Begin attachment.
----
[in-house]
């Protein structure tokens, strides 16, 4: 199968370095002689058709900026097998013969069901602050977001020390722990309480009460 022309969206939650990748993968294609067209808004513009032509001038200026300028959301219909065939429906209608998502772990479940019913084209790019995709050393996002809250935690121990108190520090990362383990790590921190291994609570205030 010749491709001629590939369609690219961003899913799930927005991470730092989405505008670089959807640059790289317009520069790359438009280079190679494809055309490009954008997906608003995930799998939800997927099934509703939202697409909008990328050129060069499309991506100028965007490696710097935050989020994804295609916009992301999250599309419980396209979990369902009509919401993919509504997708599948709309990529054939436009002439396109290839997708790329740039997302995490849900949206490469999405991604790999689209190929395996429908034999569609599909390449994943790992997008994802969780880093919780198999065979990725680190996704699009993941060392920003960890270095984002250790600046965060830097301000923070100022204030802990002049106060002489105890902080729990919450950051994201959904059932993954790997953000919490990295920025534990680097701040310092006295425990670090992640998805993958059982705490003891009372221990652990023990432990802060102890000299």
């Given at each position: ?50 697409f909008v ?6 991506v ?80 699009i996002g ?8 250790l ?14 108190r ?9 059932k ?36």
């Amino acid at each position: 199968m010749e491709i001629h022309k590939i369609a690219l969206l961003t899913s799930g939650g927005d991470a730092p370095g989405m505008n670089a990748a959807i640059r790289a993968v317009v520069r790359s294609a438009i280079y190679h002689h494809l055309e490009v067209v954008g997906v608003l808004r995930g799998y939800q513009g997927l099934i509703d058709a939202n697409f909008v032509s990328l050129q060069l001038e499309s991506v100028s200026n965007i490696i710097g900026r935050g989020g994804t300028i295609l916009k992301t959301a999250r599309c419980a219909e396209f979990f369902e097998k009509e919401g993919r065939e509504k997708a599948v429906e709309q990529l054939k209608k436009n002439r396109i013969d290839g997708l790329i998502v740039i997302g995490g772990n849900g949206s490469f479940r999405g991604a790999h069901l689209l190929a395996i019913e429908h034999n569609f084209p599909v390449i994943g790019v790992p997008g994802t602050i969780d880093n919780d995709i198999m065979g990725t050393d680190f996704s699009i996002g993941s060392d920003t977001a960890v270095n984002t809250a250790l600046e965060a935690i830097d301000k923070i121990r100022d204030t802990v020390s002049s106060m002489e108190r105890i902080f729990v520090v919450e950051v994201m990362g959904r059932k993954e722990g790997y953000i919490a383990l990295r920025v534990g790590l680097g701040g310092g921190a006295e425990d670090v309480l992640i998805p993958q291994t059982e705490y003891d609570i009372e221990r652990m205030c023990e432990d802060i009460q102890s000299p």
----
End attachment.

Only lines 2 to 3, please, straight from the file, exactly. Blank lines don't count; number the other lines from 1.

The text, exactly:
């Protein structure tokens, strides 16, 4: 199968370095002689058709900026097998013969069901602050977001020390722990309480009460 022309969206939650990748993968294609067209808004513009032509001038200026300028959301219909065939429906209608998502772990479940019913084209790019995709050393996002809250935690121990108190520090990362383990790590921190291994609570205030 010749491709001629590939369609690219961003899913799930927005991470730092989405505008670089959807640059790289317009520069790359438009280079190679494809055309490009954008997906608003995930799998939800997927099934509703939202697409909008990328050129060069499309991506100028965007490696710097935050989020994804295609916009992301999250599309419980396209979990369902009509919401993919509504997708599948709309990529054939436009002439396109290839997708790329740039997302995490849900949206490469999405991604790999689209190929395996429908034999569609599909390449994943790992997008994802969780880093919780198999065979990725680190996704699009993941060392920003960890270095984002250790600046965060830097301000923070100022204030802990002049106060002489105890902080729990919450950051994201959904059932993954790997953000919490990295920025534990680097701040310092006295425990670090992640998805993958059982705490003891009372221990652990023990432990802060102890000299």
């Given at each position: ?50 697409f909008v ?6 991506v ?80 699009i996002g ?8 250790l ?14 108190r ?9 059932k ?36």